The Jordan Times (Editorial)
January 11, 2010 - 1:00am

The Palestinians are right to refuse a return to negotiations with Israel unless there is a total halt to settlement construction in the occupied territories.

To continue negotiations as Israel continues devouring Palestinian lands to build and expand settlements means having less and less land to negotiate over.

It is highly disingenuous for the US to suggest otherwise, as Hillary Clinton did Friday in Washington. After all, it was Washington that quite logically and properly demanded that Israel cease its construction in the occupied territories last year. Just because the US administration has since come up against the power of the pro-Israel lobby does not mean that that position was wrong. It certainly does not mean that the Palestinians should abandon that position.

Palestinians were advised to focus on negotiating over borders even as Israel continues to build settlements, and once negotiations are over, any area that falls within the agreed upon border, including the settlements, can be taken by the Palestinians as part of their future state. But Clinton on Friday said the two parties have to agree to land swaps, meaning settlements on Palestinian lands would most probably become part of Israel, thus justifying Palestinian fears that settlements are eating up whatever is left of the lands they are negotiating over to set up their future state, which would certainly be a small part of the historical land of Palestine.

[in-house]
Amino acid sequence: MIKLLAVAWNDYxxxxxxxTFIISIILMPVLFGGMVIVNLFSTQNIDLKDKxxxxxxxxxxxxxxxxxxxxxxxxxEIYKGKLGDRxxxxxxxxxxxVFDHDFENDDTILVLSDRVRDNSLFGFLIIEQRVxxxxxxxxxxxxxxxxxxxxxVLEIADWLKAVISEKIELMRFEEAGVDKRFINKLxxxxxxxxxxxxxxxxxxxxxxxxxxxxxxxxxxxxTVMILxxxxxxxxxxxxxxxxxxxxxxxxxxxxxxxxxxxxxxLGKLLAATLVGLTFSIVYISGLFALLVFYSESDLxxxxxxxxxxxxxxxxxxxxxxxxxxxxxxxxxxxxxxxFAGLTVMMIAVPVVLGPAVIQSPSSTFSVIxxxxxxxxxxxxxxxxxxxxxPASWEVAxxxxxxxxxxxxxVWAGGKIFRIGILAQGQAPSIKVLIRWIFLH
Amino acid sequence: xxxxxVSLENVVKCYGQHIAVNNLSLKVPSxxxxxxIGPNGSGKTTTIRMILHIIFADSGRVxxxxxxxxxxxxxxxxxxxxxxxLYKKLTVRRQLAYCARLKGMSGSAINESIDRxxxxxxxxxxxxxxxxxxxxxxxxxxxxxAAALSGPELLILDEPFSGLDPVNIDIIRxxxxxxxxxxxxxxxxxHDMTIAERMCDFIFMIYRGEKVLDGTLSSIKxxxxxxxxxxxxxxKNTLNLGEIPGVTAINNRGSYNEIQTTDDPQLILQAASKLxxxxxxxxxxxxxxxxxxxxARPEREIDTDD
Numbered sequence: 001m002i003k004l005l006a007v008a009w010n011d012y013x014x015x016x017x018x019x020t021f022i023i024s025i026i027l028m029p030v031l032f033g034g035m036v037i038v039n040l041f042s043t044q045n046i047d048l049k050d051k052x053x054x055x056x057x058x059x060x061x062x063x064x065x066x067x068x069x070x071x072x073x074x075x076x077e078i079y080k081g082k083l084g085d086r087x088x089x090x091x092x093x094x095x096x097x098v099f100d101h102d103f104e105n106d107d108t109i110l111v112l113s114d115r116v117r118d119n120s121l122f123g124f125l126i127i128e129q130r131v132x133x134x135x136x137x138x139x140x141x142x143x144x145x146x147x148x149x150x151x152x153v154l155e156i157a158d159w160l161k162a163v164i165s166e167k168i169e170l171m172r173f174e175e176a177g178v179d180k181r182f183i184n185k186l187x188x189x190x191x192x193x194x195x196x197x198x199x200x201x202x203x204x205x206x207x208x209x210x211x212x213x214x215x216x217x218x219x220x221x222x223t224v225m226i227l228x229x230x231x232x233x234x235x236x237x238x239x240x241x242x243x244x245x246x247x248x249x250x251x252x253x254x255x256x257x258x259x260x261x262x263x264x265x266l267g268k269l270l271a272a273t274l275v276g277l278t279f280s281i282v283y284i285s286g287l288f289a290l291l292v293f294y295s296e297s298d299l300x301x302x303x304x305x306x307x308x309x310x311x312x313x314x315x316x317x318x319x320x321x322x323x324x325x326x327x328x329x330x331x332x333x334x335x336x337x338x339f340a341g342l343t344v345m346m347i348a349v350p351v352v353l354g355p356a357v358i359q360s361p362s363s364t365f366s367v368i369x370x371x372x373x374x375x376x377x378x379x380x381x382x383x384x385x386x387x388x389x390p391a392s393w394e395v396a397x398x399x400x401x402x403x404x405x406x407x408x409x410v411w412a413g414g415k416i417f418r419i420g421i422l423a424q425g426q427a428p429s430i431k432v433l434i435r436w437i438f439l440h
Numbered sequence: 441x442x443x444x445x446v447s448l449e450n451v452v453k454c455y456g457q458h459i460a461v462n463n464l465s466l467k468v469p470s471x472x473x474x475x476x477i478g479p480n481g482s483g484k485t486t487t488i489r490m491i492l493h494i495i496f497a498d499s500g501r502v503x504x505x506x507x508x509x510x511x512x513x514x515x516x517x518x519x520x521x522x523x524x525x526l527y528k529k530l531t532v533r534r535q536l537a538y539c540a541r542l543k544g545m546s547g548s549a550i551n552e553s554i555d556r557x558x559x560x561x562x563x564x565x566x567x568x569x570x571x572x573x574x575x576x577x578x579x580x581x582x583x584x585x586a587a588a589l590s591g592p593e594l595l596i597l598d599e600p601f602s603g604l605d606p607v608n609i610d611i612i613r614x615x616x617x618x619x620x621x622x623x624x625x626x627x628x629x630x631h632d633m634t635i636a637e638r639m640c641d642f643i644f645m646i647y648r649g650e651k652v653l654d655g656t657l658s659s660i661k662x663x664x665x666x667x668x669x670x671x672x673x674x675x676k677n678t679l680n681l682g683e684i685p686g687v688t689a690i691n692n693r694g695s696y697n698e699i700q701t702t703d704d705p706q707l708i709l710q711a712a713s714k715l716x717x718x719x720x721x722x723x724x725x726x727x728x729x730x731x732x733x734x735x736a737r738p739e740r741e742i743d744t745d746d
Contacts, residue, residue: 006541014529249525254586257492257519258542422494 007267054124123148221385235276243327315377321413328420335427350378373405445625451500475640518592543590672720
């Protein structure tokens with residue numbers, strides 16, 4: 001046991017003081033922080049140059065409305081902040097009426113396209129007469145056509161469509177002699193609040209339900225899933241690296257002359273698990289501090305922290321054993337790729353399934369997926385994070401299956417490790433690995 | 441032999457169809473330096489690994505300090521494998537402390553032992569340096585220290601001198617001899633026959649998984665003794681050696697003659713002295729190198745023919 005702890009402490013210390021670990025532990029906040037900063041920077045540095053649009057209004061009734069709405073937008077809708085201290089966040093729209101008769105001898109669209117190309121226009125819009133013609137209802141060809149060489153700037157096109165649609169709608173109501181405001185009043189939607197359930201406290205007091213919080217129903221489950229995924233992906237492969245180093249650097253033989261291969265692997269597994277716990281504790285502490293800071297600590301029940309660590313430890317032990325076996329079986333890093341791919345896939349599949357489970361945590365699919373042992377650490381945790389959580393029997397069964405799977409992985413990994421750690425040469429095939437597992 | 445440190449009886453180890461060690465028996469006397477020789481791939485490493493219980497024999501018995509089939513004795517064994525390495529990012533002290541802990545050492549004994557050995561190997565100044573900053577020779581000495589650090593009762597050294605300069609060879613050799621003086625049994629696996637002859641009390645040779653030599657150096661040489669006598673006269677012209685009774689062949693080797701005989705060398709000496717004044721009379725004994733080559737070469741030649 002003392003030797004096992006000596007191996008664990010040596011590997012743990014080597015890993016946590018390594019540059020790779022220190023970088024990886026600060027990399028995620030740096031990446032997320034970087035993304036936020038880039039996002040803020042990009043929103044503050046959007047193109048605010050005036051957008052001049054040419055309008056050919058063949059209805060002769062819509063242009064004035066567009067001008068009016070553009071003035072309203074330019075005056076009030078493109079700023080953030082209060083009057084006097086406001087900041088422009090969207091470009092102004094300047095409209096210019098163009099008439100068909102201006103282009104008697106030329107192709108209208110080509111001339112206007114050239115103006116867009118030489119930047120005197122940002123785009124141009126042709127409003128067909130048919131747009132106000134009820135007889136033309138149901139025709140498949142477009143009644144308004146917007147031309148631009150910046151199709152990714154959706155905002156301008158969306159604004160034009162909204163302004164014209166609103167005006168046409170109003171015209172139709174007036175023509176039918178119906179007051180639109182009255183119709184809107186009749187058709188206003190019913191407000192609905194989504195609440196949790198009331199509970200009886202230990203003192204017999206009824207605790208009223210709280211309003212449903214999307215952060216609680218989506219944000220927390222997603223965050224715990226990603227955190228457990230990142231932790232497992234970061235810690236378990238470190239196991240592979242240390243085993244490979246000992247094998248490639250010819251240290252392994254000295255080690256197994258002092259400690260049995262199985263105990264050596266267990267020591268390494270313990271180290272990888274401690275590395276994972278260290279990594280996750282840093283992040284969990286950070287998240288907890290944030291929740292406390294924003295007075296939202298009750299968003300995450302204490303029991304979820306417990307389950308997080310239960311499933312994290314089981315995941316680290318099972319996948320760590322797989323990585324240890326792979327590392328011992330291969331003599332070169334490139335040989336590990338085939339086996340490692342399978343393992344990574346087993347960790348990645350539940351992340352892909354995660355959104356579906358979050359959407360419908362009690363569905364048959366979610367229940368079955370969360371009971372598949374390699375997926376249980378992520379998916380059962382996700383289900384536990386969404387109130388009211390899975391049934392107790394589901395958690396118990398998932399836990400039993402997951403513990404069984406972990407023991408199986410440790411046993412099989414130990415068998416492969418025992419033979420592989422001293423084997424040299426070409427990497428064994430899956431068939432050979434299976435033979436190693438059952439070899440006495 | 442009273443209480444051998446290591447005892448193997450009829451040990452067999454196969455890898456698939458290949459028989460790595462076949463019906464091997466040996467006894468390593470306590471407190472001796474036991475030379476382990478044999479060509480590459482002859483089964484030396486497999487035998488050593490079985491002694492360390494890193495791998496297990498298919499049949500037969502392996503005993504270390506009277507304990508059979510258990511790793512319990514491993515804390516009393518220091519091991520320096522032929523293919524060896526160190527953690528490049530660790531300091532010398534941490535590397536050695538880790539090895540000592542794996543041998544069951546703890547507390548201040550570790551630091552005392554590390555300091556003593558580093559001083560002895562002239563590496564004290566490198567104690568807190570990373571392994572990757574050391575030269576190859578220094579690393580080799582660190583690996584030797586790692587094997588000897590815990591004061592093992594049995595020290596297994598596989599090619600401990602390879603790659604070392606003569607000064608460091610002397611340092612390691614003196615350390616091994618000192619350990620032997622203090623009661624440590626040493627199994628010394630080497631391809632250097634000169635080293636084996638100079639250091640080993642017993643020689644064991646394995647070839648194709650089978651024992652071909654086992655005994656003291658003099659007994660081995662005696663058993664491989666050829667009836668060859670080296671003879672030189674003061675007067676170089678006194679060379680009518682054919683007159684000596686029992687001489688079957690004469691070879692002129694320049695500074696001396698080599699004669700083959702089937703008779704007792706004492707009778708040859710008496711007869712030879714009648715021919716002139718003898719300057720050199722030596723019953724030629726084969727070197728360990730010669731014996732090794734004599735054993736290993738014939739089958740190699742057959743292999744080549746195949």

Settlements make this part of Palestine look smaller and smaller, and the Palestinian pursuit of a state on their national soil a distant reality.

Washington’s just stated position means that Israel’s continued imposition of facts on the ground through settlement building and the erection of the segregation wall in the West Bank will win it the lands it wants.

If Israel is allowed to continue building, it will continue building. That in and of itself changes the parameters for negotiations, and is unacceptable. Ergo, Israeli settlement construction while negotiations are under way is unacceptable. It brokers no argument. It is an understandable and consistent position in line with international law and people’s expectations.

What makes sense now is to have Washington take the advice of its special envoy to the Middle East, George Mitchell, who suggested, in an interview with PBS last week, imposing sanctions on Israel to press it to make concessions in the peace negotiations.

Naturally, this suggestion drew Israeli fire. It also made Israel attempt to put the onus on the Palestinians to change their positions, blaming them for the impasse.

The US should not bend to pressure from Israeli Prime Minister Benjamin Netanyahu or the lobbyists and should, instead, insist on a complete halt to settlement activity and an immediate return to the negotiation table.

This is a position that makes sense and that must not be deviated from.


American Task Force on Palestine - 1634 Eye St. NW, Suite 725, Washington DC 20006 - Telephone: 202-262-0017